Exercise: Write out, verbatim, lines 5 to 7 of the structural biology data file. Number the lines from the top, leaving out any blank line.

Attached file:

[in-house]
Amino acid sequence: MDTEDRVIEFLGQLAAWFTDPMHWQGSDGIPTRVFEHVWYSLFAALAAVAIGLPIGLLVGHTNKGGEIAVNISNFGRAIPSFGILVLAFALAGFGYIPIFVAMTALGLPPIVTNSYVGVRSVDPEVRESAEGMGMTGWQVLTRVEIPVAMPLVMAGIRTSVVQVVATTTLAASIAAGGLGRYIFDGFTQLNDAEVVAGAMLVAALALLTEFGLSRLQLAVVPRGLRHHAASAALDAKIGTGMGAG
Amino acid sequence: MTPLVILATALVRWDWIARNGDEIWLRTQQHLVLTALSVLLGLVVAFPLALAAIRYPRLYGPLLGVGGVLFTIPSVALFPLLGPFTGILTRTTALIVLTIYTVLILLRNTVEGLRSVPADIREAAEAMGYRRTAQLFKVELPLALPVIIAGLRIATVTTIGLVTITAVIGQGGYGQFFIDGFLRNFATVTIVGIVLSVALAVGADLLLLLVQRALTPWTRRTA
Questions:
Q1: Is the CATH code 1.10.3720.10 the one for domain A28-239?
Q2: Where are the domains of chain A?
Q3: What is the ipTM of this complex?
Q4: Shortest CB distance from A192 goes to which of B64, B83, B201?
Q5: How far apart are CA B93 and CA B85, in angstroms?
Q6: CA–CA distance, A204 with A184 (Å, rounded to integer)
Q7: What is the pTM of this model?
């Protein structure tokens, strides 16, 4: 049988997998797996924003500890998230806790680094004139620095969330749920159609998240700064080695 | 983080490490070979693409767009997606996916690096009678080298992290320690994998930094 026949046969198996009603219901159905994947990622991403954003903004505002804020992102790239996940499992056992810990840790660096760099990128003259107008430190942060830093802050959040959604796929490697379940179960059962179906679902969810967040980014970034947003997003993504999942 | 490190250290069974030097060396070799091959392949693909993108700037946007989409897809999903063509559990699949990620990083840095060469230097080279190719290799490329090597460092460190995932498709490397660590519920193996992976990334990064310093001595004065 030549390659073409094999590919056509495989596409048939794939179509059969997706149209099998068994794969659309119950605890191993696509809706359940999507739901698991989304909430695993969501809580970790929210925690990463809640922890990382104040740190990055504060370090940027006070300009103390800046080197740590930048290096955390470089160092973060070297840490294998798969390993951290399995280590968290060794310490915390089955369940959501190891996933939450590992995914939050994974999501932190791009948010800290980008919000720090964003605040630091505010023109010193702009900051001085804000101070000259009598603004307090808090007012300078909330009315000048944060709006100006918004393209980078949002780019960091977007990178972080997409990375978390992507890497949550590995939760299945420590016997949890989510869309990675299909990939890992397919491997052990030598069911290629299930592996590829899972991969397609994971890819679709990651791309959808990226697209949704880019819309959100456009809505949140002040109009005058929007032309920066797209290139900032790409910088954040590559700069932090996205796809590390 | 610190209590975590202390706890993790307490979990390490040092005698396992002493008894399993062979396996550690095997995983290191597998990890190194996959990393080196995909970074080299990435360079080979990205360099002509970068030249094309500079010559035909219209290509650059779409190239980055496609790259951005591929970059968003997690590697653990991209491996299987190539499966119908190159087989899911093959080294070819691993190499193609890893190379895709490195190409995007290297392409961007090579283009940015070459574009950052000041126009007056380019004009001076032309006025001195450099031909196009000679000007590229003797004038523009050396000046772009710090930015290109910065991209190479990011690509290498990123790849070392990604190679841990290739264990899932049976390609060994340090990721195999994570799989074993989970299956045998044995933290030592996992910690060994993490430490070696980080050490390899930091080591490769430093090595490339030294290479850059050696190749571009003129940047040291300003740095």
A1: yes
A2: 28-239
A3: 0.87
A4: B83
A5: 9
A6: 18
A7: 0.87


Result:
Q1: Is the CATH code 1.10.3720.10 the one for domain A28-239?
Q2: Where are the domains of chain A?
Q3: What is the ipTM of this complex?